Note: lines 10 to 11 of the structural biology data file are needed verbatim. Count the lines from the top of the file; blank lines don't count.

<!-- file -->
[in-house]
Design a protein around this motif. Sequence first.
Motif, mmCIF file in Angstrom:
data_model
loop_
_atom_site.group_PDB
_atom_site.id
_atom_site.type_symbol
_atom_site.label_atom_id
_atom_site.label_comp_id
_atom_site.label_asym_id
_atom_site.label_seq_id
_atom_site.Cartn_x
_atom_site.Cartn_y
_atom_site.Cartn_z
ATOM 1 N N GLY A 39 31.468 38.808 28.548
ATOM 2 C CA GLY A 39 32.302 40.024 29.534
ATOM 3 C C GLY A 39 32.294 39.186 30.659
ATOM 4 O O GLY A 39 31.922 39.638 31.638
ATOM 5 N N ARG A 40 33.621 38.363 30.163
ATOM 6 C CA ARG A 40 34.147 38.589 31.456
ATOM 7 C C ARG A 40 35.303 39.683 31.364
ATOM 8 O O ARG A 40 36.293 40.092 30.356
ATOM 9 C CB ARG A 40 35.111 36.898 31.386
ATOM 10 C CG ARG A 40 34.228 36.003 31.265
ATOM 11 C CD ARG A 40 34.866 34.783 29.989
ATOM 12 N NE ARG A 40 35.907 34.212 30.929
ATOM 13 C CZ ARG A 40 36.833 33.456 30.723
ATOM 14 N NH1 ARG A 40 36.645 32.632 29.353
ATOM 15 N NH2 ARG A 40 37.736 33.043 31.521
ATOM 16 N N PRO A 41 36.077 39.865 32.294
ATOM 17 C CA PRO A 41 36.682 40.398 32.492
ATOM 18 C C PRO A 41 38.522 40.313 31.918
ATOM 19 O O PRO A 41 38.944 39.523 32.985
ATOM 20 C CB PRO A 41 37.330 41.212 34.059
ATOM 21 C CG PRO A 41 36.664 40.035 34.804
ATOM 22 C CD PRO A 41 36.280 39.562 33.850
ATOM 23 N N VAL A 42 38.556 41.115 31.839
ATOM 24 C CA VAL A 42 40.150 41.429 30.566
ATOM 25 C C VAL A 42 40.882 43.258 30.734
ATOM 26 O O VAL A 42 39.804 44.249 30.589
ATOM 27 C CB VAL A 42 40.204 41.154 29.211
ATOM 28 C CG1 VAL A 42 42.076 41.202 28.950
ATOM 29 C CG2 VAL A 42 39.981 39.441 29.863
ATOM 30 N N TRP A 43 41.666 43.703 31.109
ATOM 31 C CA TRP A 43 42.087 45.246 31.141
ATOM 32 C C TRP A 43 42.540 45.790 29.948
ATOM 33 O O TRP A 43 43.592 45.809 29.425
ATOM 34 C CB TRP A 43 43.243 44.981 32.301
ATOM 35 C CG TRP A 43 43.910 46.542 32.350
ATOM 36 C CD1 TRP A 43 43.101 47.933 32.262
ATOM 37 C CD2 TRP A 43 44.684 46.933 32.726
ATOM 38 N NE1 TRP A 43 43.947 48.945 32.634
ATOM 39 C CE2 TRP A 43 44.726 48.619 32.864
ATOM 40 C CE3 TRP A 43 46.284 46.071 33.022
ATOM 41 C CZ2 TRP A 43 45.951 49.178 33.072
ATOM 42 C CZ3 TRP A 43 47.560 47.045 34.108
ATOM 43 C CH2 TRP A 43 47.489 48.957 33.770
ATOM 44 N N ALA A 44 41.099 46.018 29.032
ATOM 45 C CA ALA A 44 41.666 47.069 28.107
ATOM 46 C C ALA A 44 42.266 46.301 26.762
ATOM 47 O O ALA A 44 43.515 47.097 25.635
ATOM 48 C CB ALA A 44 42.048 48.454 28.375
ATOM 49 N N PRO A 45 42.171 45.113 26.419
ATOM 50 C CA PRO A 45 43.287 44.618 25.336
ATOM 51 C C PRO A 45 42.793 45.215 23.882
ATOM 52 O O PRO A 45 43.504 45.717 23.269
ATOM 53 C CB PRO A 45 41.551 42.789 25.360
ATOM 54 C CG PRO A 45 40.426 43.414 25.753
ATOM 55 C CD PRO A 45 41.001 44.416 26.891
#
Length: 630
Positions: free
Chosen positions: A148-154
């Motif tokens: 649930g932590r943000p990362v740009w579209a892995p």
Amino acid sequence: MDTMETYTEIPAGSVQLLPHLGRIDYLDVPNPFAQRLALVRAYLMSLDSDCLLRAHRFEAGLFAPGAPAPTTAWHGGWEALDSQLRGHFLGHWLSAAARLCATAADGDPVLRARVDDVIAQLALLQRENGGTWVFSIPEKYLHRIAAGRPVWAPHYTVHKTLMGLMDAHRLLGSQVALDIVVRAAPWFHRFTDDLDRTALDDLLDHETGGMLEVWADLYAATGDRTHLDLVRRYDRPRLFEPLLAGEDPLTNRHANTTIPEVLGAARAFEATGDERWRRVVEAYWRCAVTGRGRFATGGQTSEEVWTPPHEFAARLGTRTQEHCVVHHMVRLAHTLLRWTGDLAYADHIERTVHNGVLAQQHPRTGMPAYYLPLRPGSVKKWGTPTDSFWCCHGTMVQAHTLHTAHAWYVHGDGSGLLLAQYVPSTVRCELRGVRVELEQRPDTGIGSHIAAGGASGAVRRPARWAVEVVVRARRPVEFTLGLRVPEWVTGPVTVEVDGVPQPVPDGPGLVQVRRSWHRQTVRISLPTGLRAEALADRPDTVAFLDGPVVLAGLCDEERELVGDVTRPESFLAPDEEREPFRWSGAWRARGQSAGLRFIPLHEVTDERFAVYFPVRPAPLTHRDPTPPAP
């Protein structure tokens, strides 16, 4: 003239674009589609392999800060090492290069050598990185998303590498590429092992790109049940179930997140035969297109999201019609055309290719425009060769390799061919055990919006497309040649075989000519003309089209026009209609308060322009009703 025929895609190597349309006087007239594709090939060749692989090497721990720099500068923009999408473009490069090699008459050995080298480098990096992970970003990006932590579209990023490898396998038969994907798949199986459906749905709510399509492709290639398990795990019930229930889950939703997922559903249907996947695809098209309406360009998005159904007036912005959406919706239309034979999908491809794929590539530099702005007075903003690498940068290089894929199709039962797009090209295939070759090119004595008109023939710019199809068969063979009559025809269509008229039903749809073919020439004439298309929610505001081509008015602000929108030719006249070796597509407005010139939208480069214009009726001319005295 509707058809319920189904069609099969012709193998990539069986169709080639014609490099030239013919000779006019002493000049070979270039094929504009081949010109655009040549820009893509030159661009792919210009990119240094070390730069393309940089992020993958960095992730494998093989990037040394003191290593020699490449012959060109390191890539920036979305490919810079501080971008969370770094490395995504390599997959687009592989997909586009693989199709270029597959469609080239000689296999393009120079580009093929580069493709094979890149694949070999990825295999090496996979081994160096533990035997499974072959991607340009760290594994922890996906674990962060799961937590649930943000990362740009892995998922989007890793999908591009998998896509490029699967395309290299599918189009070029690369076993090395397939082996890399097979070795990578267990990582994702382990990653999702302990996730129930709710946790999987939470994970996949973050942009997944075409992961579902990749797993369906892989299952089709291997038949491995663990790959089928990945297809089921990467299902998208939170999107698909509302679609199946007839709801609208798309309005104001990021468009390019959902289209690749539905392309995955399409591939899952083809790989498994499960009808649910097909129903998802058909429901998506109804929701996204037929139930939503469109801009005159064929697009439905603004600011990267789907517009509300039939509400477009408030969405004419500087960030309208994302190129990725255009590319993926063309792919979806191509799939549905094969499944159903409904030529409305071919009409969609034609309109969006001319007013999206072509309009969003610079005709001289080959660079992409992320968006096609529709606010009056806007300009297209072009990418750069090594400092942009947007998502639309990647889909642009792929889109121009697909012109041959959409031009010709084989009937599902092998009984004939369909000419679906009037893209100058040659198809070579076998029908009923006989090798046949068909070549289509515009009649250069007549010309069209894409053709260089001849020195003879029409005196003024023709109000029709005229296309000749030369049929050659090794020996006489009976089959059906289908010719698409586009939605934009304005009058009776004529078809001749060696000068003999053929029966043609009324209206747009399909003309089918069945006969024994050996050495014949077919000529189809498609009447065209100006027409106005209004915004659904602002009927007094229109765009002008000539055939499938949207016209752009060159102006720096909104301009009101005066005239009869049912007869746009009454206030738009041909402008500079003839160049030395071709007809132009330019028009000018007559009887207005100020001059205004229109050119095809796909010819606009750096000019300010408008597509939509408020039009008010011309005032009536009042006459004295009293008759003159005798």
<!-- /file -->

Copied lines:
_atom_site.label_comp_id
_atom_site.label_asym_id